Bagels – that extremely popular quintessentially American bread – actually has very humble origins, probably in Vienna. There are many stories about how bagels came to be invented but the most famous story was that a baker in Vienna crafted it in honor of the King of Poland, Jan Sobieski III. While a popular story, this seems unlikely. The Polish Jews have a long history of making bagels and the very method of making it – boiling the bread before baking – might be rooted in religious reasons.
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What Is the Origin of Bagels?
The safest assumption would be that bagels originated with Jewish bakers in Poland. While similar types of bread – such as German pretzels with holes in their center – had existed before, the particular method of creating a bagel is quite unique. The bagel dough itself is quite uncomplicated. It is the method of boiling and then baking that gives the bread its signature soft and chewy texture.
The first official mention of bagels comes from Poland in the early 1600s. Thus, we can assume that it had already been invented by that point. The story that a Viennese baker had come up with it as a tribute for King Jan Sobieski does not seem based in fact. Apparently, it was out of gratitude for the fact that the king had delivered Vienna from the Turkish invaders. The story goes that the baker knew of the king’s love for horses and made the bread in the shape of a stirrup. Thus, it was named ‘beugel’, which is the Austrian word for ‘stirrup’. King Jan loved it so much that it became a breakfast staple for him. It’s an entertaining little story. But bagels have been categorically mentioned in Polish texts long before King Jan took the throne or went to war against the Ottoman Empire.
Origins in Poland
In 1610, The Jewish Council of Krakow in Poland issued a regulation in Yiddish. It said that the local Jewish communities should not hold extremely elaborate celebrations for newborn babies so that the non-Jewish neighbors would not become too envious. Also, they did not wish for the members of the community to go bankrupt because of the celebrations. However, one food that they expected would be served was a bagel. This was the first official mention of bagels.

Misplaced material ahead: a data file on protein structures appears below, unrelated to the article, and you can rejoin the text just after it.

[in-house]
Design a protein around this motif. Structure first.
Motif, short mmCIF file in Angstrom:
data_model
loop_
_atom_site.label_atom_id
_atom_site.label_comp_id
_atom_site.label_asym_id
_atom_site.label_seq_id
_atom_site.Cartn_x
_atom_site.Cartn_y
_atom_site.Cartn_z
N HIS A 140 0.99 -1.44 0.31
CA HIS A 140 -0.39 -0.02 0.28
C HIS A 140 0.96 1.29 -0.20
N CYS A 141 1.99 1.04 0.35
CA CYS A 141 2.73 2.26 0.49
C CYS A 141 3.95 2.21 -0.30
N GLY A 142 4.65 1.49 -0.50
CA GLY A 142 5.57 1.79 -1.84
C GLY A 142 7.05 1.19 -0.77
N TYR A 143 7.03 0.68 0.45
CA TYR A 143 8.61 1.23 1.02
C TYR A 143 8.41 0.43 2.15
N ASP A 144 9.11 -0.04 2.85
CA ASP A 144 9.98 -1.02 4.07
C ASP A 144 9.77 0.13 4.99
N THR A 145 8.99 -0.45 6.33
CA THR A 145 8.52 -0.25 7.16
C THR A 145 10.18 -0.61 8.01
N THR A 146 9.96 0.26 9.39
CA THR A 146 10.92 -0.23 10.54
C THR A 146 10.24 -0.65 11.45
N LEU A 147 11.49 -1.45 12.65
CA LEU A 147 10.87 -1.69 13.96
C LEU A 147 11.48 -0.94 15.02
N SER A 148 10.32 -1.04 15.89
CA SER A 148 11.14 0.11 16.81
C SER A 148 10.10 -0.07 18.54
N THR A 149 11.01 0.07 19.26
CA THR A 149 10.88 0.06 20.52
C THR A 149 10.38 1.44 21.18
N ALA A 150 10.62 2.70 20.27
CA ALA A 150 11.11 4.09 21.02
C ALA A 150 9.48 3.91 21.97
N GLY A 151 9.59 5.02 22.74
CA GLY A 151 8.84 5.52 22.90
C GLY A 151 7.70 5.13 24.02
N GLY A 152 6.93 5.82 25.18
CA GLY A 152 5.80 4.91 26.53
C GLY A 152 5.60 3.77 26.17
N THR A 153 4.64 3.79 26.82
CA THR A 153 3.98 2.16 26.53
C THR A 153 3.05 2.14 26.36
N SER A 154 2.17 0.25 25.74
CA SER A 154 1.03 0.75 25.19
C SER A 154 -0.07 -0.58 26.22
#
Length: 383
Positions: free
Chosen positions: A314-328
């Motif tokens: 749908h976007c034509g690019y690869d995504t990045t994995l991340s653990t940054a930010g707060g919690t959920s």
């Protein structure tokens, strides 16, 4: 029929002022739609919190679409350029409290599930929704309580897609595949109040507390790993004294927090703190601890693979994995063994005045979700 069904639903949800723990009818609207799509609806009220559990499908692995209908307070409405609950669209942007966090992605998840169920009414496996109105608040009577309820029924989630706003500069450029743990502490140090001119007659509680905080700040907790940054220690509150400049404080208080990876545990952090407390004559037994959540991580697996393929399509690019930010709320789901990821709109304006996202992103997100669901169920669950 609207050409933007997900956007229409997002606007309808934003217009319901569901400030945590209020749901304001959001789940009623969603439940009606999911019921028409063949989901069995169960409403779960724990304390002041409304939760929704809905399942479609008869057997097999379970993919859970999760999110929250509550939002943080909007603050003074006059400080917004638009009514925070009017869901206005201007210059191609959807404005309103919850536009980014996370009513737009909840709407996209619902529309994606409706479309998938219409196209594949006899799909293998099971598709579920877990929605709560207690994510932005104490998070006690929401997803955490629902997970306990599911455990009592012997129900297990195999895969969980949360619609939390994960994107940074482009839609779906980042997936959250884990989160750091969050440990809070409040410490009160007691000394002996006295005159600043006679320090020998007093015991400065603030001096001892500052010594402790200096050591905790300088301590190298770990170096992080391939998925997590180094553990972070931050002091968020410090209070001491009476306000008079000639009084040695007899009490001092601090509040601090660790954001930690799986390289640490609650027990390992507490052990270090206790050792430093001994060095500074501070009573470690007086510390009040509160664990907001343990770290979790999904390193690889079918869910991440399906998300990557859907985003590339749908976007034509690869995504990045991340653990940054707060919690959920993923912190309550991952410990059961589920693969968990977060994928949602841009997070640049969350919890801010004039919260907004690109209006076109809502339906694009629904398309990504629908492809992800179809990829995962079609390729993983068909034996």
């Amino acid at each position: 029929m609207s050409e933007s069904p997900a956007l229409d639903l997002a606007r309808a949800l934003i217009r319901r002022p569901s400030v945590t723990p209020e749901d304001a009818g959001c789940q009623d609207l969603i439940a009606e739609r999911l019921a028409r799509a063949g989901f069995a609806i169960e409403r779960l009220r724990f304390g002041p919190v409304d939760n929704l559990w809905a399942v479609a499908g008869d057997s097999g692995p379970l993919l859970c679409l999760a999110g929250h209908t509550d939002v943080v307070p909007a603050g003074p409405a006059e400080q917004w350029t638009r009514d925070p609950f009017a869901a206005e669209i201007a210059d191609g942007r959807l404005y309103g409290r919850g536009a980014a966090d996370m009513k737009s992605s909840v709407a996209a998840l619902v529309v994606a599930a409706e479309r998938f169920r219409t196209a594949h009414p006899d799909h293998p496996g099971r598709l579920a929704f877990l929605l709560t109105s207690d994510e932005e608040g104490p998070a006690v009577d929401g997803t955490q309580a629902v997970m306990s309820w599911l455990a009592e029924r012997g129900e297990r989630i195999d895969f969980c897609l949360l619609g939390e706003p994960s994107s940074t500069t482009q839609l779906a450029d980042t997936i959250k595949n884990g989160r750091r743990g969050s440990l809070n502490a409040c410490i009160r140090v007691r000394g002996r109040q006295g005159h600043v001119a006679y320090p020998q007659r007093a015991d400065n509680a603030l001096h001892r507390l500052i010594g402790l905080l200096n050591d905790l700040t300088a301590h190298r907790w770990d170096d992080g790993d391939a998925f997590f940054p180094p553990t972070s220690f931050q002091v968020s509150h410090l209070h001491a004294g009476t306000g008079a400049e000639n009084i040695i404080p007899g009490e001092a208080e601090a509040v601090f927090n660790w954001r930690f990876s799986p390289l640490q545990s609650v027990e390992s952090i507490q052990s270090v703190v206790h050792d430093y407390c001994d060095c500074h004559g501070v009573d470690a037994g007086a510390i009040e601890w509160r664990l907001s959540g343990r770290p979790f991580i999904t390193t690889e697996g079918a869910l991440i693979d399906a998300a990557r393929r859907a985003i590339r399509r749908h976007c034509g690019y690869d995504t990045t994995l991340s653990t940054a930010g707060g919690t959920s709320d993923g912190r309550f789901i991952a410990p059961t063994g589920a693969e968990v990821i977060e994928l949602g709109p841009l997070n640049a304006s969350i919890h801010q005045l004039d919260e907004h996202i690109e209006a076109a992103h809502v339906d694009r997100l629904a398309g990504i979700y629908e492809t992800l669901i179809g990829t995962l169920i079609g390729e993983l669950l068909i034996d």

However, the root of the modern bagel can be traced as far back as the 1200s to a pretzel-like bread that was made in what is now Germany. In the Middle Ages, this would be served to monks in monasteries. It made its way to Poland in the 1300s. The Polish people modified the pretzel into small, round, single servings called obwarzanek. This means ‘boiled’ in Polish. The child queen Jadwiga of late 1300s Poland was said to be especially fond of the dish. Jadwiga allegedly opted for obwarzanek over the more traditional sweetbreads for Lent one year. And her people, eager to please her, attempted to buy the costly white flour in order to make it. The original bagel recipes evolved from the obwarzanek, which also had a hole in it.
Why Did Jewish Bakers Begin Making Bagels?
Bagels are a quintessentially Jewish food even today. But why did the Jewish bakers begin making this kind of bread? Well, in Medieval Europe, Church officials formally forbade Jews the right to bake bread. The Church viewed bread as a holy food and thought it was too good for the Jews. This was a view that was challenged in Poland, which was more liberal than the other European nations of the time.
The Polish Prince Boleslaw the Pious announced in 1264 that Jews had as much right as Christians to touch, buy, and sell bread. Thus, cautiously, the Polish Jews began to make a kind of bread. They still could not make the ordinary bread that was so sacred to Christians, since the Church warned their congregations against buying it. So they developed their own recipes for making boiled bread. They adapted the German pretzels but boiled them instead of baking them. Eventually, this came to be called the bagel.